16. 17th-century French explorers documented numerous Native American tribes living in the region. The mid-18th century was the time of the first settlements. However, there were no significant settlements left in Kentucky. There are now two Native American tribes recognized by the state of Kentucky The Ridgetop Shawnee and the Southern Cherokee Nation of Kentucky.
17. There are many theories on how the name Kentucky originates from. It could come directly from Kentucky, the Iroquois term ‘kentake’ meaning “meadowland”, or the Wyandotte word “ken-Utah-the” translating into “land of tomorrow”. There are a variety of different possible sources of origin from different Native American languages.
18. In the early days of pioneering, Kentucky was called Kentucky, Kaintuckee, and Kentucky.
19. Kentucky is the fifteenth state that joined the union on June 1, 1792.
20. Abraham Lincoln, the most famous president in US history was born into a single-room log cabin on a farm located in Hodgenville, Kentucky, in 1809. Abraham Lincoln was the 16th president of the United States and led the nation during his presidency during the American Civil War.
21. Jefferson Davis, the first and only president of the Confederate States, was born in Fairview, Kentucky in 1808. The Confederate States were the states of Kentucky. The Confederate States were the southern states that split from the Union due to growing tensions, mostly due to the North-South division in the matter of slavery.
22. Prior to the Civil War, Jefferson Davis owned a massive cotton farm in Mississippi and was the owner of 113 slaves. Davis was a less efficient war commander than his opponent Abe Lincoln, and the Confederacy eventually lost the war.
23. Thomas Edison lived in Louisville, Kentucky. Edison is believed to have been there in his youth when he moved to Louisville to be a telegrapher for the Western Union. The Thomas Edison House Museum is an attraction for tourists.
24. One of the most bizarre information regarding Kentucky is the fact that one of the safest buildings in the world is located in the state! The legendary Fort Knox, also known as the United States Bullion Depository, holds more than half of the United States’ gold reserves and is situated just from south Louisville, Kentucky. Fort Knox is so safe that it is now a synonym for the highest level of security possible.
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Kentucky Culture And Sports Facts
Learn about the rich heritage of culture Kentucky and its renowned sporting heritage with these entertaining facts.
25. The Kentucky Derby is an annual horse race known as the Kentucky Derby that takes place in Louisville, Kentucky. It is the Kentucky Derby usually takes place on the first Saturday of May. The race was running for 144 consecutive years prior to the time that Covid was born and saw the 2020’s Derby put on hold!
26. Lexington, Kentucky is famously well-known as the capital of horses in the world.
27. One of the most well-known tunes around the globe”Happy Birthday”, was composed by two Kentucky sisters! Patty along with Mildred J. Hill, who was a teacher as well as a singer in Louisville, Kentucky, made up an original tune for Patty to sing at school. It was titled “Good Morning To All’ and this evolved into the world-renowned birthday song, ‘Happy Birthday”!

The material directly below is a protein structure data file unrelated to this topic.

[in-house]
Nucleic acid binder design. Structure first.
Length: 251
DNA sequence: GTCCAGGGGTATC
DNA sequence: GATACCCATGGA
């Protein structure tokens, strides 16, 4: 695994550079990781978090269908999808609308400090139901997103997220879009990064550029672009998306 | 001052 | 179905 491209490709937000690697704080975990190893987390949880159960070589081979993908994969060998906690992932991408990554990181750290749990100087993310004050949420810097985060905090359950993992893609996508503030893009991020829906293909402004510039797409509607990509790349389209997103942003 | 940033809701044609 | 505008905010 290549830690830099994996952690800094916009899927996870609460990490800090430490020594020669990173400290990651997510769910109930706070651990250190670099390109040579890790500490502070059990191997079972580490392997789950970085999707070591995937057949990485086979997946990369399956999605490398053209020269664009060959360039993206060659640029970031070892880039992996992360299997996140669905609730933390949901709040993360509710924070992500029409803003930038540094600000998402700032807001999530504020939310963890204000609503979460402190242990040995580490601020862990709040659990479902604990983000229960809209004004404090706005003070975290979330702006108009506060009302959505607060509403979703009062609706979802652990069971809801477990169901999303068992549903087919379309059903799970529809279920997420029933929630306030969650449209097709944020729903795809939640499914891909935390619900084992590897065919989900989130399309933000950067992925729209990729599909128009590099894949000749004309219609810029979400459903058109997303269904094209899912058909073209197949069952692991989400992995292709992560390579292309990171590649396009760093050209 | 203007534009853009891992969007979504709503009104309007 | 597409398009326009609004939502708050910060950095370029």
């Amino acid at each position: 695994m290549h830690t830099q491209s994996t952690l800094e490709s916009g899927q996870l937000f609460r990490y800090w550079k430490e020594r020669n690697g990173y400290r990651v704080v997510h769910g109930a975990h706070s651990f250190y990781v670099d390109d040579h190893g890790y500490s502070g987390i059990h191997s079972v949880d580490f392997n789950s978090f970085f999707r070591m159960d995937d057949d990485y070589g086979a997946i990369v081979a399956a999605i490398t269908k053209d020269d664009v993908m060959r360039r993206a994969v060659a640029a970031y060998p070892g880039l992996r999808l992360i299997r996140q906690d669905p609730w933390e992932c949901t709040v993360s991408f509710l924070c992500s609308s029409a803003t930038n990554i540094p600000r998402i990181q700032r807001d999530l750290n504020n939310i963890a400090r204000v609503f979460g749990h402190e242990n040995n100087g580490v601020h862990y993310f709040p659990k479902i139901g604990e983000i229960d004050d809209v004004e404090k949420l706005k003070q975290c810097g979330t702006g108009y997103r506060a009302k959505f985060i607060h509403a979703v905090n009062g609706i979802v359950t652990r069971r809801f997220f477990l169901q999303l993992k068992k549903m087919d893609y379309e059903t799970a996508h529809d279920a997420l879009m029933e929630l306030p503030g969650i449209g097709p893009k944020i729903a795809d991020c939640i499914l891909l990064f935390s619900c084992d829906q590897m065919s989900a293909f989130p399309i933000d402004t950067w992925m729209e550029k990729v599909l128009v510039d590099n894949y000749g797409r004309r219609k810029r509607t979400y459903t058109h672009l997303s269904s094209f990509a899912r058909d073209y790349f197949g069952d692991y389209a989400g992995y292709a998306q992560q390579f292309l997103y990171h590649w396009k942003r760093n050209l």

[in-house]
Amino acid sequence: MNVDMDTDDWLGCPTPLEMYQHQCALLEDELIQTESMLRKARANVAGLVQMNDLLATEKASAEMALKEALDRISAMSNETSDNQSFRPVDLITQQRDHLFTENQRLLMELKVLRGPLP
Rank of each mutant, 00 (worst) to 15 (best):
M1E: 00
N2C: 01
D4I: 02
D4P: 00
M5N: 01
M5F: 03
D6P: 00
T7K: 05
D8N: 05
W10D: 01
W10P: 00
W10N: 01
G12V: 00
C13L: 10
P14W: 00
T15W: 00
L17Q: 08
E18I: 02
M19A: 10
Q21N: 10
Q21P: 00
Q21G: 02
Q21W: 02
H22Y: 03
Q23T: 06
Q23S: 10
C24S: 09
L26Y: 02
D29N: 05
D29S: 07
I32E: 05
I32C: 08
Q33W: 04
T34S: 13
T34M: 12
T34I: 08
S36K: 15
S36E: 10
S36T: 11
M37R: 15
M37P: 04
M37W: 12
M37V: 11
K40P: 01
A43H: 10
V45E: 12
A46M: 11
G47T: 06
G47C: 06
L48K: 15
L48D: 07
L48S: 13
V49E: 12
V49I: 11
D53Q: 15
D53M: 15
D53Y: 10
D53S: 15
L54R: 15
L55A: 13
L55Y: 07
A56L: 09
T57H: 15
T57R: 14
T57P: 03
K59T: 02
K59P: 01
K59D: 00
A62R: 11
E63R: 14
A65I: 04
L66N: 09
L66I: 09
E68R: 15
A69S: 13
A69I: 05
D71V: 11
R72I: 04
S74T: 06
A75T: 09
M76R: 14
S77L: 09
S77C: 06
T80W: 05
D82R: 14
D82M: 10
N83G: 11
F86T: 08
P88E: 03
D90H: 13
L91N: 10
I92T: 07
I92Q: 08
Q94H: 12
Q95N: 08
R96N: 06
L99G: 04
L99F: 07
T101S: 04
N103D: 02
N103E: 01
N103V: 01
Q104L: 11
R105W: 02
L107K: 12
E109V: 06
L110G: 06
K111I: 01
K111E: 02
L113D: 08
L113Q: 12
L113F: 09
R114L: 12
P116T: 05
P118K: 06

28. Patty, as well as Mildred, are buried in Cave Hill Cemetery in Louisville along with other famous Kentuckians, Mohammed Ali and KFC’s Colonel Sanders.
29. Johnny Depp, Jennifer Lawrence, Billie Ray Cyrus, and George Clooney are some of the most well-known Kentuckians in the world today.
30. General Motors, Fruit of the Loom, and Chevrolet Corvettes are all from Bowling Green in Warren County, Kentucky. Bowling Green is also the location of Kentucky’s second-largest institution of higher learning, Western Kentucky University.
31. It’s not”the Bluegrass State for no reason! One of the interesting facts regarding Kentucky is the fact that it’s famous for its blue-tinted pastures. Bluegrass actually is green, however, its blue-purple buds make vast fields of grass appear like blue from afar. Kentucky is also known due to its music of bluegrass, which was first heard in the late ’40s. Bluegrass music refers to a form of folk-country music performed using acoustic instruments.
32. “Blue Moon Of Kentucky” is the state bluegrass number and My Old Kentucky Home is the official state song.
33. Milk is the official drink of the state as is blackberry, which also serves as the official state fruit.
34. Goldenrod is the flower of state while the Freshwater Pearl is the official state gemstone. Northern Cardinal is also the state bird. Northern Cardinal is the state bird.
35. Clogging is the official dance.
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Kentucky Food Facts
Here are some deliciously fun and bizarre facts about Kentucky food.
36. KFC (or Kentucky Fried Chicken) was created by Colonel Harland Sanders, who was a member of the Great Depression in the ’30s. Sanders first began selling his own fried chicken at his Shell gas station that he operated close to the tiny Kentucky village in North Corbin. The first officially licensed KFC restaurant franchise began operations in Utah. KFC is now the second-largest restaurant chain in the world.
37. Kentucky Derby pie, a delicious, buttery, and rich dessert stuffed with walnuts and chocolate chips is a classic treat during Kentucky Derby day.
38. Kentucky is famous for its famous mint-julep cocktail that is served during the Derby.
39. Benedictine is a well-known Kentucky dip made of onions and cucumber juice and cream cheese, and the color green!
40. Hot Brown is an iconic hot sandwich hailing from Kentucky It is a tribute to Welsh rarebits. Welsh rarebit.